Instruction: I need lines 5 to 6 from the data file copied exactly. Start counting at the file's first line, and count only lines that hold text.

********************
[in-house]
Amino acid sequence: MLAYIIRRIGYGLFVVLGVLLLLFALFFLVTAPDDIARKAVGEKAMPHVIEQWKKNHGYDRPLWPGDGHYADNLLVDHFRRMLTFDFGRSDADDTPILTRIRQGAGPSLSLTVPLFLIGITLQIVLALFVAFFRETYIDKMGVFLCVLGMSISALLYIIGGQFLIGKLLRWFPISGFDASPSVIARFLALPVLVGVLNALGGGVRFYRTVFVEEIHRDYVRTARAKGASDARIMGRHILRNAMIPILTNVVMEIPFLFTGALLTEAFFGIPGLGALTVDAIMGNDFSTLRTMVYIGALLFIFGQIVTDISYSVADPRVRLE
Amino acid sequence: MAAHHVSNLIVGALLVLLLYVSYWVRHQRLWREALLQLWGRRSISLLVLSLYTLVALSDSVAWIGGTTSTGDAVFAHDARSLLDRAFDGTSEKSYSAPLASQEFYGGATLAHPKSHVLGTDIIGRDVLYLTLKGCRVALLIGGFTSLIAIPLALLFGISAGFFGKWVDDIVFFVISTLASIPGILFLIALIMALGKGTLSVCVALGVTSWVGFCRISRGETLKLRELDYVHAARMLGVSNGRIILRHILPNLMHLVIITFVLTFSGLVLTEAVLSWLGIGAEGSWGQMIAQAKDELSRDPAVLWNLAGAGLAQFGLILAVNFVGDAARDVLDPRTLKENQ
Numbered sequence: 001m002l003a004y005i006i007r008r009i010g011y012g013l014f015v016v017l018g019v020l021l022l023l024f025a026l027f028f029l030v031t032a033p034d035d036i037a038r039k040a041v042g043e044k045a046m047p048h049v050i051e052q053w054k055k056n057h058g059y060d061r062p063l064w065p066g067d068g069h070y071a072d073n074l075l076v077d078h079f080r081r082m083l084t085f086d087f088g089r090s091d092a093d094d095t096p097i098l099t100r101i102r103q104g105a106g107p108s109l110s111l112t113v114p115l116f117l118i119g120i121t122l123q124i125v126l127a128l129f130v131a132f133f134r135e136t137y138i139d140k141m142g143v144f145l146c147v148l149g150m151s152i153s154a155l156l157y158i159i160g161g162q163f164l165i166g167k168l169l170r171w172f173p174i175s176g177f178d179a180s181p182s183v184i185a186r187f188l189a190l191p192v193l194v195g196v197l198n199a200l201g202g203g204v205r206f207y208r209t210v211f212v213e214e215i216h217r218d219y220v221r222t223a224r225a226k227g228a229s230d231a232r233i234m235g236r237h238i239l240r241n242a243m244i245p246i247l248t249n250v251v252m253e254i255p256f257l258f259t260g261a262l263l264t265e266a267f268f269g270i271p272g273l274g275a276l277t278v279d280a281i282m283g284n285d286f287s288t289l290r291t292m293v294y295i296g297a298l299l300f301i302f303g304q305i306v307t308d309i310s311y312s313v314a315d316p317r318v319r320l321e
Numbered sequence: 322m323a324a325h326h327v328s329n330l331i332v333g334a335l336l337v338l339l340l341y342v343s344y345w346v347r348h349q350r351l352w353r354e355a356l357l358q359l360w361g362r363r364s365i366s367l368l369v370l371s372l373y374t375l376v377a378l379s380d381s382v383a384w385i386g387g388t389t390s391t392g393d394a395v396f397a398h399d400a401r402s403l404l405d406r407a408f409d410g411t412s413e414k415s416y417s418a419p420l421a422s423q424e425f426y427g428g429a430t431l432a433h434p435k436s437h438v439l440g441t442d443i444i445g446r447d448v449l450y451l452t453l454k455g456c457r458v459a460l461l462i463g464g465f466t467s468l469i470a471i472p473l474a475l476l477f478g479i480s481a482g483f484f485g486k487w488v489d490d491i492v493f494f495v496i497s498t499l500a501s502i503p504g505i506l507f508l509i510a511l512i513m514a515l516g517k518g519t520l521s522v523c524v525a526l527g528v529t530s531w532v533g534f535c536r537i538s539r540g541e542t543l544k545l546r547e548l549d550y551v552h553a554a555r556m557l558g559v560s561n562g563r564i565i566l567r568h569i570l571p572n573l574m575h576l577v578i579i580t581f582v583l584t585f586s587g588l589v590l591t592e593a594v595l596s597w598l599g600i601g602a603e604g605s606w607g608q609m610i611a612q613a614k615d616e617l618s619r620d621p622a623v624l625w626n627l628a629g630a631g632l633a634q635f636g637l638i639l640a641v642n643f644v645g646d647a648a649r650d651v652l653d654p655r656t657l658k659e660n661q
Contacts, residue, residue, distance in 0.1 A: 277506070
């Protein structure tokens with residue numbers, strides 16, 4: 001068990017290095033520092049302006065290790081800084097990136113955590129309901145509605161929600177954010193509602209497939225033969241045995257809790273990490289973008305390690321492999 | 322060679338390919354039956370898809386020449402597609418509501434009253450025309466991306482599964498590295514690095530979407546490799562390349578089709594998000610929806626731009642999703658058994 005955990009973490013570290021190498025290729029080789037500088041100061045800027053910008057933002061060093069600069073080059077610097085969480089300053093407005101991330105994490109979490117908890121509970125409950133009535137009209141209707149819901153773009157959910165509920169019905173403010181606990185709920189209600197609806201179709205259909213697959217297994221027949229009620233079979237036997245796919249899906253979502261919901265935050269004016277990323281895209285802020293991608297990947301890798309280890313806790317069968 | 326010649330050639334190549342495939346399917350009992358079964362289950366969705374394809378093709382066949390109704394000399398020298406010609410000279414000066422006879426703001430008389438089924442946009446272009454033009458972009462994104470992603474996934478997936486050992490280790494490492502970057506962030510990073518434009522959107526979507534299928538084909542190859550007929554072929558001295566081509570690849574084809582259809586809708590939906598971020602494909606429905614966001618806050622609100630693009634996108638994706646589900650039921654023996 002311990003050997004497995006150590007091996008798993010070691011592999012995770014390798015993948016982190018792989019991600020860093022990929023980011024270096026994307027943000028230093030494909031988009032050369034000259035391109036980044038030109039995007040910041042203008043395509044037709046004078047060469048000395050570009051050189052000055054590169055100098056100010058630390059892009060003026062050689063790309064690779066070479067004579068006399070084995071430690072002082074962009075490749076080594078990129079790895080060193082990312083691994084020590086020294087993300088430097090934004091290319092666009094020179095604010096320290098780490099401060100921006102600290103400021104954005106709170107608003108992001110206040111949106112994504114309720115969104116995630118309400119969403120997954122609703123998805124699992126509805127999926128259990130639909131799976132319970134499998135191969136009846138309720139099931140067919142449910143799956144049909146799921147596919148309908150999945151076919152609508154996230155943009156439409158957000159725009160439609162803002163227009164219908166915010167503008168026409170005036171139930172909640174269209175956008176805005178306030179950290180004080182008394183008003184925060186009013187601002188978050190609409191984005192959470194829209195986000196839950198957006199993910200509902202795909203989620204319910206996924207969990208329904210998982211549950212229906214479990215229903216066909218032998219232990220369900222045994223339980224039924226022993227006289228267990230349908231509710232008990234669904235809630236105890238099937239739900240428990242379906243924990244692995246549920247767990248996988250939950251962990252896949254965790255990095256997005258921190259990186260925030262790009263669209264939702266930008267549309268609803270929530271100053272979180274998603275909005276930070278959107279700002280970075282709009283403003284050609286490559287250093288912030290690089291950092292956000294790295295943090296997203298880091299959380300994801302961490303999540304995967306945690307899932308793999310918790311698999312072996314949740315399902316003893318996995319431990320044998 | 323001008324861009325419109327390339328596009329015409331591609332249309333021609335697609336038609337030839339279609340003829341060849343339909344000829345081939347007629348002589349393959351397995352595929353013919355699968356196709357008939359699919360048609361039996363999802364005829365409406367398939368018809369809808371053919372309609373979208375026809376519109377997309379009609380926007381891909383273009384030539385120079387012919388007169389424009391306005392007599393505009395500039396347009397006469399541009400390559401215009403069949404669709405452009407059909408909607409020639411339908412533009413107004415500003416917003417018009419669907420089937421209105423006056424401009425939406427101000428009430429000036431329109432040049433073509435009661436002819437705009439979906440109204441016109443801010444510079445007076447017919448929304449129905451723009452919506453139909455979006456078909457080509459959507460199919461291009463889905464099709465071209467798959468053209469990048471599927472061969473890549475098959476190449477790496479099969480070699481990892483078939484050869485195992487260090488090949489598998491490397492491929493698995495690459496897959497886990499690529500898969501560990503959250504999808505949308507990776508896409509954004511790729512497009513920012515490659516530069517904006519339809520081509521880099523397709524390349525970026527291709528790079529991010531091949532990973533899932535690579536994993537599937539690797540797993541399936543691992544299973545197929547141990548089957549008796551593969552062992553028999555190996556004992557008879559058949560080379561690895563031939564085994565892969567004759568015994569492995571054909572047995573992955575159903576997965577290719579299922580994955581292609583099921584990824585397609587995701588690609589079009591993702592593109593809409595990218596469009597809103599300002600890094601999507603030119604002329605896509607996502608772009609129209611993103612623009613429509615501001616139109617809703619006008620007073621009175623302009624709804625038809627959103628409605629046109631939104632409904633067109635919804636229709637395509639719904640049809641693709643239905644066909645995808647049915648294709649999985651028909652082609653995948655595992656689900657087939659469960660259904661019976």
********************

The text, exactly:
Numbered sequence: 322m323a324a325h326h327v328s329n330l331i332v333g334a335l336l337v338l339l340l341y342v343s344y345w346v347r348h349q350r351l352w353r354e355a356l357l358q359l360w361g362r363r364s365i366s367l368l369v370l371s372l373y374t375l376v377a378l379s380d381s382v383a384w385i386g387g388t389t390s391t392g393d394a395v396f397a398h399d400a401r402s403l404l405d406r407a408f409d410g411t412s413e414k415s416y417s418a419p420l421a422s423q424e425f426y427g428g429a430t431l432a433h434p435k436s437h438v439l440g441t442d443i444i445g446r447d448v449l450y451l452t453l454k455g456c457r458v459a460l461l462i463g464g465f466t467s468l469i470a471i472p473l474a475l476l477f478g479i480s481a482g483f484f485g486k487w488v489d490d491i492v493f494f495v496i497s498t499l500a501s502i503p504g505i506l507f508l509i510a511l512i513m514a515l516g517k518g519t520l521s522v523c524v525a526l527g528v529t530s531w532v533g534f535c536r537i538s539r540g541e542t543l544k545l546r547e548l549d550y551v552h553a554a555r556m557l558g559v560s561n562g563r564i565i566l567r568h569i570l571p572n573l574m575h576l577v578i579i580t581f582v583l584t585f586s587g588l589v590l591t592e593a594v595l596s597w598l599g600i601g602a603e604g605s606w607g608q609m610i611a612q613a614k615d616e617l618s619r620d621p622a623v624l625w626n627l628a629g630a631g632l633a634q635f636g637l638i639l640a641v642n643f644v645g646d647a648a649r650d651v652l653d654p655r656t657l658k659e660n661q
Contacts, residue, residue, distance in 0.1 A: 277506070